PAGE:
SAN FRANCISCO -- The 49ers record book, rich with gaudy numbers, illustrations of offenses designed and implemented by legends, was rewritten Sunday afternoon at Candlestick Park.
It was a collective effort, to be sure, but the primary author was none other than Alex Smith.
So continues the quarterback's journey from the sharpened end of fans' pitchforks to the ever-warming regions of their hearts.
Smith directed San Francisco's offense to a franchise-record 621 yards in a 45-3 rout of Buffalo. He threw for 303 yards and three touchdowns, completing 18 of 24 passes. He ran three times for 49 more yards. He walked off the field in the fourth quarter to a generous ovation and a passer rating of 156.2 (out of a possible 158.3).
"He was just on fire," offensive coordinator Greg Roman said.
As spectacular as Smith's statistics were -- probably the best game of his seven-year career -- his exhibition of adept passing was more impressive.
He made great throws down the field, including a perfect 28-yard touchdown on a post-corner route to wide receiver Michael Crabtree, and was superb on long passes requiring touch and precision, notably a 53-yarder lofted into the hands of tight end Vernon Davis.
Smith's most impressive throw, however, might have been on San Francisco's first touchdown, when he improvised and made a gorgeous back-shoulder toss that wideout Kyle Williams snagged for a 43-yard score in the second quarter.
"That was just a great throw by Alex," Williams said. "He saw that (cornerback Aaron Williams) was on top of me, and he put it in a place where only I could get it. It was a great play by him."
To those who shrugged off Smith's contributions last season, insisting he was a "game manager" carried by a terrific defense, this game is a pointed reply.
"Alex was really on the money all day," coach Jim Harbaugh said. "That was an outstanding job by him. Good throw after good throw after good throw. And the protection was excellent. It was a little windy out there, but he was just putting it in, pinpointing it."
To those who spent the first month of this season questioning Smith's ability to throw downfield -- even wondering if backup Colin Kaepernick was being groomed as the team's designated deep passer -- this game serves as a compelling rebuttal.
"It's been a priority for us," Smith said of the vertical pass. "For whatever reason, it just came up today. There were some shots last week that didn't happen because of how (the Jets) were playing. Today, (the Bills) came up, we took them and were a little more aggressive."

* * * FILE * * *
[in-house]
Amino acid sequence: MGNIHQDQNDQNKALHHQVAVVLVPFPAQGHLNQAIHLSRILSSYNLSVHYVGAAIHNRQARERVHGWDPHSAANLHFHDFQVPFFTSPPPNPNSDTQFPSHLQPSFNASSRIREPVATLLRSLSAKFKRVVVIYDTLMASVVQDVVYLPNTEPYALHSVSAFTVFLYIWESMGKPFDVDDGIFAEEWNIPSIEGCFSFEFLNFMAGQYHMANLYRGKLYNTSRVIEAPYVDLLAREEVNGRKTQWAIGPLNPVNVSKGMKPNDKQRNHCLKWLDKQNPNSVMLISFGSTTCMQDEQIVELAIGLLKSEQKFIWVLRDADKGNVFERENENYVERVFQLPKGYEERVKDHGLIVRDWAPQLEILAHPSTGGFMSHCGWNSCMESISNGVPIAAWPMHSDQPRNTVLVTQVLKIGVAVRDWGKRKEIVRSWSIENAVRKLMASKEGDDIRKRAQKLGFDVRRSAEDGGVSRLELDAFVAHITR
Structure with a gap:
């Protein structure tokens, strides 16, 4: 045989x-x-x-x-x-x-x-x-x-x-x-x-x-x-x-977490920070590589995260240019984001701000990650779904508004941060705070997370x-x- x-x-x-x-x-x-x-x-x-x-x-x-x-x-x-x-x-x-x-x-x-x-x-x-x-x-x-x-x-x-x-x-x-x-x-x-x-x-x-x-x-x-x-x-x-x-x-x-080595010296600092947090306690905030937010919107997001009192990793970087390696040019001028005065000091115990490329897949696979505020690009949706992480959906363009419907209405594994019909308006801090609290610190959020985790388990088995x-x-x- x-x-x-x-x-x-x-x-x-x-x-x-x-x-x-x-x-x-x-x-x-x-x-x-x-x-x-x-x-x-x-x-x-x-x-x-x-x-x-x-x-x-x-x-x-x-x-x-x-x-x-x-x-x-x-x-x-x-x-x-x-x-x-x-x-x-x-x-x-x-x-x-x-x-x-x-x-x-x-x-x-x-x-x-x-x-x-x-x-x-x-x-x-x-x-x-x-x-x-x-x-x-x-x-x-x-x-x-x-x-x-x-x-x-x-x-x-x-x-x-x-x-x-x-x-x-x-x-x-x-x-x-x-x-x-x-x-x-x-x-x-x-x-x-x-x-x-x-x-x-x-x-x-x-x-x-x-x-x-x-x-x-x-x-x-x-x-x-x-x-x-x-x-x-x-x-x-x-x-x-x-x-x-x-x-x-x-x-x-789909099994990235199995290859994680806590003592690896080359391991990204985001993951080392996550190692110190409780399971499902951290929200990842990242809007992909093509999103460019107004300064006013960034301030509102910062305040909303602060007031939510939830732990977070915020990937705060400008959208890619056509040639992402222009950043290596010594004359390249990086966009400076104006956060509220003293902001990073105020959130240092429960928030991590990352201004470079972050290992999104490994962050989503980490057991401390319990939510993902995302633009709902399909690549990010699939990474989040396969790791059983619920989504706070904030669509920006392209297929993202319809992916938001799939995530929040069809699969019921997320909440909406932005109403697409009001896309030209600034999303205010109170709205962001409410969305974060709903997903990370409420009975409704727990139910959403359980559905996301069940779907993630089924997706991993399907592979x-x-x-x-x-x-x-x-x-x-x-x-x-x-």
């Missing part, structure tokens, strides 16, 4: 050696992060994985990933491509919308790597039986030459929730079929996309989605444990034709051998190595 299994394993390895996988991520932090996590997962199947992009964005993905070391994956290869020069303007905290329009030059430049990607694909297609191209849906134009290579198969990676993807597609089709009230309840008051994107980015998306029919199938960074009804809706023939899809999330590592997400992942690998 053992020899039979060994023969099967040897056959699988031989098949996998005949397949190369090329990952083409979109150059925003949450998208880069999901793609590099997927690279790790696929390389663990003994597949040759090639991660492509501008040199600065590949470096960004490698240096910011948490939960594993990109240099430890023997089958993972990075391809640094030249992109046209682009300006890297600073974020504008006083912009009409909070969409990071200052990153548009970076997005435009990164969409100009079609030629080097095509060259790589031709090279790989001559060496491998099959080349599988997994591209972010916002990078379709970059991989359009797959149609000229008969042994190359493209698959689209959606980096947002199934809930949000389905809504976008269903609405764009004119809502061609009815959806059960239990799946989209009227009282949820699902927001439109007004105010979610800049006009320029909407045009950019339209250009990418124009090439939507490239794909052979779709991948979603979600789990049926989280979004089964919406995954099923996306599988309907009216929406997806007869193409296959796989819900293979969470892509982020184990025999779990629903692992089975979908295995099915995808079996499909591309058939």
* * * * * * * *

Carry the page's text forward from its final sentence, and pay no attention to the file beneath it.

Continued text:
Harbaugh and Roman on this day coached as well as Hall of Fame offensive guru Bill Walsh ever did as the 49ers became the first team in NFL history to exceed 300 yards in the air (310) and on the ground (311).
Smith's play Sunday was as fine as that in any single regular-season game submitted by Hall of Famers Joe Montana or Steve Young.
Some will point to the opponent and say it was only Buffalo, and that Smith got fat off the reeling Bills. There is some truth to that. Buffalo's defense is built to be exploited. Smith got his. So did Crabtree (six catches for 113 yards), Davis (five, 106) and running back Frank Gore (106 rushing yards on 14 carries).
"Offensively, it could have been even better," Smith conceded, referring to the penalties that nullified several other long gains.
And, yes, they're still out there, the Smith skeptics, unwilling to embrace, unprepared to fully accept. But they represent a fringe element now, muted voices in stubborn denial of the mounting evidence.
Harbaugh last season campaigned for Smith's Pro Bowl inclusion. It was a clear case of bias, of a coach smooching up his own player. Smith last season merely advanced from maddeningly inconsistent to fairly consistent and usually victorious.
That was a significant step, and Smith seems poised to take another.
He's in the second tier of NFL quarterbacks, behind those who enter every season as legitimate MVP candidates and expect to be named to the Pro Bowl. That first tier -- truly elite level -- is getting closer by the week, though, and Smith can make significant gains next Sunday, when the defending champion New York Giants visit.
Sure, Smith could have been better. Six of his passes, after all, were not completed. But to dismiss this victory or ignore Smith's orchestration of it is to disrespect the record book.
He made a variety of throws, pretty much everything in the quarterback catalog, and put up fabulous numbers, while leading his team to a historic victory. There is no fairer means by which to measure the effectiveness of a quarterback.